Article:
I re-hefted the camera pack but keep the tripod in my right hand and fixed into a monopod design. It became my walking stick.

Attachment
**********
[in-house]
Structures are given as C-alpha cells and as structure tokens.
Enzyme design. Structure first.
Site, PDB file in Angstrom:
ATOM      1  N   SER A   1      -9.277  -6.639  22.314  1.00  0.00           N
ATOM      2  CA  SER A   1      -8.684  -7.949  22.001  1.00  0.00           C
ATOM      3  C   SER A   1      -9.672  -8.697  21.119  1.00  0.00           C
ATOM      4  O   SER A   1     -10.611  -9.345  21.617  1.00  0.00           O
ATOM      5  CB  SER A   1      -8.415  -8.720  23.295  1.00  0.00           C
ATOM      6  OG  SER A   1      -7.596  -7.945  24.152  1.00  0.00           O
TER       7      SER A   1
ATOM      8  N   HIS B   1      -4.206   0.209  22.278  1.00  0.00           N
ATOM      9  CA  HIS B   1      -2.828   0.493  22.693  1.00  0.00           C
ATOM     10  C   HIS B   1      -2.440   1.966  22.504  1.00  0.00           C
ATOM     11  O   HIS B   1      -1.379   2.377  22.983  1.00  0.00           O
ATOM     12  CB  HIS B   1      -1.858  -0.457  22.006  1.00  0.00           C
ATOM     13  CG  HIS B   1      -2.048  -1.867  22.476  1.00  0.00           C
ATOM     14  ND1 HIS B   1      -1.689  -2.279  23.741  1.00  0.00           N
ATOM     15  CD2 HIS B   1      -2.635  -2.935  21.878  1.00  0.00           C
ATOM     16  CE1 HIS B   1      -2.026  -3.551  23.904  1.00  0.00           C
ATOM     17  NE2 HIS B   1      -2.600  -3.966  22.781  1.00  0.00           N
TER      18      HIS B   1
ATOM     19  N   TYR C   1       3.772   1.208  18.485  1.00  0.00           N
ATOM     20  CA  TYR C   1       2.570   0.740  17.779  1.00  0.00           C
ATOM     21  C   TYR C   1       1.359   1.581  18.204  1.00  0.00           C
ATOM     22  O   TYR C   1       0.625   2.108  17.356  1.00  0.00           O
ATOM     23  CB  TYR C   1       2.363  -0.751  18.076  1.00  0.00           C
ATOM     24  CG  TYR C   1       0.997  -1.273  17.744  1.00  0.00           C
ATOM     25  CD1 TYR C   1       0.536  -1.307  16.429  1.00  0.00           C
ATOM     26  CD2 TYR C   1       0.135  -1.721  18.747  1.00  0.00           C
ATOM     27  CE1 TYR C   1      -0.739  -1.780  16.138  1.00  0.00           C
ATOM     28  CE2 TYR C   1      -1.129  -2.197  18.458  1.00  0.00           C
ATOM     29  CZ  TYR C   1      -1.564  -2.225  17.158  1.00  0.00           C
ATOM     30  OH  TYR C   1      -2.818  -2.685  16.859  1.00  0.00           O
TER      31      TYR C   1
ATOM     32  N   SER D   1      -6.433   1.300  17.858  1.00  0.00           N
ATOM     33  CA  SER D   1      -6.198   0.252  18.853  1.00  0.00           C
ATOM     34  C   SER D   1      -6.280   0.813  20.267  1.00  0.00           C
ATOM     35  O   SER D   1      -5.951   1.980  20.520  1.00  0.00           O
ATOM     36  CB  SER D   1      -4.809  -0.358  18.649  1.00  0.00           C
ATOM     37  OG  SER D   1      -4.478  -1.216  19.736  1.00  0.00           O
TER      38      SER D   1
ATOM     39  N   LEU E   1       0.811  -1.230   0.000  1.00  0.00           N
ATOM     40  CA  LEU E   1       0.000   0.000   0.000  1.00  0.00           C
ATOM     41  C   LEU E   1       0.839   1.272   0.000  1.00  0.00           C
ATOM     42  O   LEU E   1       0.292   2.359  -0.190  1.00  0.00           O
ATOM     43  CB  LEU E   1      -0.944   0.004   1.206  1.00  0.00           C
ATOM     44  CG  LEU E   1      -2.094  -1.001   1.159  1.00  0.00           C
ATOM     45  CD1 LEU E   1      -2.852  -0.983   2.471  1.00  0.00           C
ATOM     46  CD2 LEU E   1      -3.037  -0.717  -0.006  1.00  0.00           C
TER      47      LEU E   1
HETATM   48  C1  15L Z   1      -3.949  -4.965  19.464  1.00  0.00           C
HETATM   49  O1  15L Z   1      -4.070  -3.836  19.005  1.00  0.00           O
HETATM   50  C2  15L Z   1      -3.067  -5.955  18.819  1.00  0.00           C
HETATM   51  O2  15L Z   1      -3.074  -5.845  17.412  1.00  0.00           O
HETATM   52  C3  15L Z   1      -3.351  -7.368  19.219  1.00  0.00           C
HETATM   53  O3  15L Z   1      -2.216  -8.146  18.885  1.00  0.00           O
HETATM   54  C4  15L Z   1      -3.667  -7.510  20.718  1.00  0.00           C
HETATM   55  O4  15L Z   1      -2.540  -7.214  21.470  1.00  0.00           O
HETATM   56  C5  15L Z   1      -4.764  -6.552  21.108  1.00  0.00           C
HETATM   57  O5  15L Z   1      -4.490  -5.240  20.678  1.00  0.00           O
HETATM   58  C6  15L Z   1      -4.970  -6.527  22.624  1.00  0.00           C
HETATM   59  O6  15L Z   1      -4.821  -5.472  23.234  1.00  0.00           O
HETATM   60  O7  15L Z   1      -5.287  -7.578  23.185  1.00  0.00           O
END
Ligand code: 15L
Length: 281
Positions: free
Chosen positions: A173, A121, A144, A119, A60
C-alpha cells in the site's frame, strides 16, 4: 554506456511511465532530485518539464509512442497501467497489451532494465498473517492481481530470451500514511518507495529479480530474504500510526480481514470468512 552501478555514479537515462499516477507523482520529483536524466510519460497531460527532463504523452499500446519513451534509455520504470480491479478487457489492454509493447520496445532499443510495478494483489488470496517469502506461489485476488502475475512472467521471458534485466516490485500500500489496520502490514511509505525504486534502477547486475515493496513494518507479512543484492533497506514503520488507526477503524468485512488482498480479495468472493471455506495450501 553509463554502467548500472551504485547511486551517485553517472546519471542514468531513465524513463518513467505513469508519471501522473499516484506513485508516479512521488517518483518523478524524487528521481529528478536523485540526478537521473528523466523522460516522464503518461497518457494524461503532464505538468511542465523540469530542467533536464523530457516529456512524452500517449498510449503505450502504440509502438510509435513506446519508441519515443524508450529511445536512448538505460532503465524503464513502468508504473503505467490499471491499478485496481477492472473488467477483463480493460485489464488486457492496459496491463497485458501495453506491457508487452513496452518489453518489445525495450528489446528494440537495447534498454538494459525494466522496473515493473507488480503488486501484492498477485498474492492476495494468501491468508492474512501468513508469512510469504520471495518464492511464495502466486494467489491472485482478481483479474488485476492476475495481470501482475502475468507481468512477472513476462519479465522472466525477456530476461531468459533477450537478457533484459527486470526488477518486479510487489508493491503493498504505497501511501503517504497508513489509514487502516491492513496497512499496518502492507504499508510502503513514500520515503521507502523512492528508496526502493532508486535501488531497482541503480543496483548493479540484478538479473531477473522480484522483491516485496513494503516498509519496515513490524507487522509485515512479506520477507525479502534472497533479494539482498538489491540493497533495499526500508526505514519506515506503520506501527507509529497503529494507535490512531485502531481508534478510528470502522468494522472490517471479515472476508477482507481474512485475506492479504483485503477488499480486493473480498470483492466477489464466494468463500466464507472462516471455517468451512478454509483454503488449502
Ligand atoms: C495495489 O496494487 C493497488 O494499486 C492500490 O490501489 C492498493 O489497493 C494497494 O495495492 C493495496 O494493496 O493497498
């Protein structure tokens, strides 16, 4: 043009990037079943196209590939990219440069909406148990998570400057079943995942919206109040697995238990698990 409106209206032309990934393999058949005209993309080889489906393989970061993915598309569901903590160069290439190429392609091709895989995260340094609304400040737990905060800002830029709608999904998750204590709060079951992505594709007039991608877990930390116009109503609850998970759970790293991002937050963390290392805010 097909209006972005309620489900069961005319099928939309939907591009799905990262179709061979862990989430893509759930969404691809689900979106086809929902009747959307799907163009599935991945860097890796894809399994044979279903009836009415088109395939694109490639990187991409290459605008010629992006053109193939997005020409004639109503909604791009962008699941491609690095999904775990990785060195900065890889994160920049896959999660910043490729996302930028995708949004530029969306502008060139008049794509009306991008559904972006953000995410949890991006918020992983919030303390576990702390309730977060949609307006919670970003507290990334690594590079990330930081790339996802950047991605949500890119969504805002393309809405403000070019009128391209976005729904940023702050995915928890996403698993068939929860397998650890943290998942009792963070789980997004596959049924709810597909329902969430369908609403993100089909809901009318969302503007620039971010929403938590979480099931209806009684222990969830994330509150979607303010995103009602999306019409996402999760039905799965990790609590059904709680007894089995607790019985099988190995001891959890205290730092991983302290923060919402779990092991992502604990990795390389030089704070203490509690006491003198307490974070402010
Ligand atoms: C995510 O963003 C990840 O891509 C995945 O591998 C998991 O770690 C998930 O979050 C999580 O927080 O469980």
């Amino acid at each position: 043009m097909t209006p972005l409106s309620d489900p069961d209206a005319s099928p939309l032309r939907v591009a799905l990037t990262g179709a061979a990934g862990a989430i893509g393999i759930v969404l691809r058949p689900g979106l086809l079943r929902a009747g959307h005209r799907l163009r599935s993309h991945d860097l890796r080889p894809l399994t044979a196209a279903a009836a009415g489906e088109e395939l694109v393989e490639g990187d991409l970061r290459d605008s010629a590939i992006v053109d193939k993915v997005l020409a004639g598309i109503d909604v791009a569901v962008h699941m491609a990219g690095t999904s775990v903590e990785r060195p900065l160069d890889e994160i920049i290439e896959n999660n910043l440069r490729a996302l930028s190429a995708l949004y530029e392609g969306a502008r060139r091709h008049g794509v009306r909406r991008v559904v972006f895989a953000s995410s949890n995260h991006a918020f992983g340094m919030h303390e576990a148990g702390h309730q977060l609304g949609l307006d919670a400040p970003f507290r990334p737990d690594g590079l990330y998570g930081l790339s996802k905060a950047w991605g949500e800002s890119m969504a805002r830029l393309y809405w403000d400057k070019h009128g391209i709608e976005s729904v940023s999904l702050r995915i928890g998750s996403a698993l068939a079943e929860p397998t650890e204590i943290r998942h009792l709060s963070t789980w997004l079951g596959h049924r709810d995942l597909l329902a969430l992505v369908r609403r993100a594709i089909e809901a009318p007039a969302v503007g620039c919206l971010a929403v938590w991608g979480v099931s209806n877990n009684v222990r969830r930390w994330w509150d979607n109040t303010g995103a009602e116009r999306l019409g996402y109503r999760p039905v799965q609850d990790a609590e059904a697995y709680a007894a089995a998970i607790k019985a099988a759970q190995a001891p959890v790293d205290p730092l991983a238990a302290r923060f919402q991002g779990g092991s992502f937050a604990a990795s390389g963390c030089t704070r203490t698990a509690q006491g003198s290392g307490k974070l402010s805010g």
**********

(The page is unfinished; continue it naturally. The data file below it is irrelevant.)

He wasn’t even wearing a shirt over his shorts and tennis shoes but he was steadily talking on his cell phone. As he got closer my resolve wavered and I interrupted his call to ask, “How much further up this trail do I have to climb to even get NEAR Massi Falls?" He quite cheerfully paused his chat and told me he’d just spent 3 hours at the falls and shots dozens of pictures with his modest cell phone. The guy was thin but not skinny, young but not youthful, eager to encourage me but not giving me some ‘rah, rah!’ pitch. He said his resolve wavered on the climb as well but he passed an 80-year old woman who was coming back down. She told him it was beautiful and worth every bit of the effort. Her enthusiasm rejuvenated him as his did me but I wanted more details because I was neither mid20’s nor past 4 score years. ‘How far? How high? Is there anything I need to know?’ He took a look at my D90 and said he got fantastic shots with his cell phone so he was certain I’d get phenomenal images from my professional gear. I thanked him and checked my cell coverage. One got GPS and a detailed map of the trail. The other got nothing by Verison Wireless’ free emergency call service, tho I could have used their service for some obscene rate if I wanted to call home and hear the new owner of my old phone number. But this guy was chatting to a friend about what he saw, he didn’t look like a swimmer or suntaned, and he was nowhere near tired.